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Impact of climate change scenarios on Canadian agroclimatic indices
- Qian, Budong, De Jong, Reinder, Gameda, Sam, Huffman, Ted, Neilsen, Denise, Desjardins, Raymond, Wang, Hong, McConkey, Brian
- Canadian journal of plant science 2013 v.93 no.2 pp. 243-259
- agricultural industry, climate, climate change, climate models, decision making, field crops, greenhouse gas emissions, greenhouse gases, growing season, heat, heat sums, overwintering, soil, summer, temperature, uncertainty, warm season, Canada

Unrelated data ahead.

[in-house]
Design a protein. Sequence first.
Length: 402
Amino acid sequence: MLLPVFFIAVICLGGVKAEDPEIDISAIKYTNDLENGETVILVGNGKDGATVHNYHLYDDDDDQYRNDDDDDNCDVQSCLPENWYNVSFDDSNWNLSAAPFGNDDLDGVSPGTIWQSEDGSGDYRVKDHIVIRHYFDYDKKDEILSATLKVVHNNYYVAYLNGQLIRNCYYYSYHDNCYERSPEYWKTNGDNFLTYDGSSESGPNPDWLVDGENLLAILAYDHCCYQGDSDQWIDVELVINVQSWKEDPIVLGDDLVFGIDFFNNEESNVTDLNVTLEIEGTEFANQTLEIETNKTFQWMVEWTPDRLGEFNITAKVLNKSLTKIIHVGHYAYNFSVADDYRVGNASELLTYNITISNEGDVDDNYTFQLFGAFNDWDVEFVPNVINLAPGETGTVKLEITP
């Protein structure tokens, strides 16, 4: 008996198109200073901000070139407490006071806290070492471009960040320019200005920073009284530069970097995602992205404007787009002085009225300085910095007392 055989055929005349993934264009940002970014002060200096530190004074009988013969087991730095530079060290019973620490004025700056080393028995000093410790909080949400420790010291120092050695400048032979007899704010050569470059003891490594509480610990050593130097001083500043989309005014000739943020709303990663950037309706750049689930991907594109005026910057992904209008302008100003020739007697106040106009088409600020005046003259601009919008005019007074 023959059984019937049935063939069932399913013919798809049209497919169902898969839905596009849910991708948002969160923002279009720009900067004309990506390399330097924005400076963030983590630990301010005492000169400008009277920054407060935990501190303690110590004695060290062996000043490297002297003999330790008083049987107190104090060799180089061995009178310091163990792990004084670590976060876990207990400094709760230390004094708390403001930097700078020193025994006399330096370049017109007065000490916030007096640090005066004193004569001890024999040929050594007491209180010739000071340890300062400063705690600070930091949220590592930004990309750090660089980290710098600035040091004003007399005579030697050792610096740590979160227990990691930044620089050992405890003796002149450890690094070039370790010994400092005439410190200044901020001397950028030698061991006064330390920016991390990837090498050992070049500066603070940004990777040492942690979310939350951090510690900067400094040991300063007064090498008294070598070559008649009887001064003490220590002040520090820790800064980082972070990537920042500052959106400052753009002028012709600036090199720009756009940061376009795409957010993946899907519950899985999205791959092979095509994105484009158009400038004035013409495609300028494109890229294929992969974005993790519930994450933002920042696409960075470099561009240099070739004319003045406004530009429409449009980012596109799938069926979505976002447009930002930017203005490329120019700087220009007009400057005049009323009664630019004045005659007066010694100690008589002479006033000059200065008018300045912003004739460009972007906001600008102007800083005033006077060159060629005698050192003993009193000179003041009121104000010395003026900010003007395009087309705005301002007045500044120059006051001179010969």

- Qian, B., De Jong, R., Gameda, S., Huffman, T., Neilsen, D., Desjardins, R., Wang, H. and McConkey, B. 2013. Impact of climate change scenarios on Canadian agroclimatic indices. Can. J. Soil Sci. 93: 243–259. The Canadian agricultural sector is facing the impacts of climate change. Future scenarios of agroclimatic change provide information for assessing climate change impacts and developing adaptation strategies. The goal of this study was to derive and compare agroclimatic indices based on current and projected future climate scenarios and to discuss the potential implications of climate change impacts on agricultural production and adaptation strategies in Canada. Downscaled daily climate scenarios, including maximum and minimum temperatures and precipitation for a future time period, 2040–2069, were generated using the stochastic weather generator AAFC-WG for Canadian agricultural regions on a 0.5°×0.5° grid. Multiple climate scenarios were developed, based on the results of climate change simulations conducted using two global climate models – CGCM3 and HadGEM1 – forced by IPCC SRES greenhouse gas (GHG) emission scenarios A2, A1B and B1, as well as two regional climate models forced by the A2 emission scenario. The agroclimatic indices that estimate growing season start, end and length, as well as heat accumulations and moisture conditions during the growing season for three types of field crops, cool season, warm season and over-wintering crops, were used to represent agroclimatic conditions. Compared with the baseline period 1961–1990, growing seasons were projected to start earlier, on average 13 d earlier for cool season and over-wintering crops and 11 d earlier for warm season crops. The end of the growing season was projected on average to be 10 and 13 d later for over-wintering and warm season crops, respectively, but 11 d earlier for cool season crops because of the projected high summer temperatures. Two indices quantifying the heat accumulation during the growing season, effective growing degree days (EGDD) and crop heat units (CHU) indicated a notable increase in heat accumulation: on average, EGDD increased by 15, 55 and 34% for cool season, warm season and over-wintering crops, respectively. The magnitudes of the projected changes were highly dependent on the climate models, as well as on the GHG emission scenarios. Some contradictory projections were observed for moisture conditions based on precipitation deficit accumulated over the growing season. This confirmed that the uncertainties in climate projections were large, especially those related to precipitation, and such uncertainties should be taken into account in decision making when adaptation strategies are developed. Nevertheless, the projected changes in indices related to temperature were fairly consistent.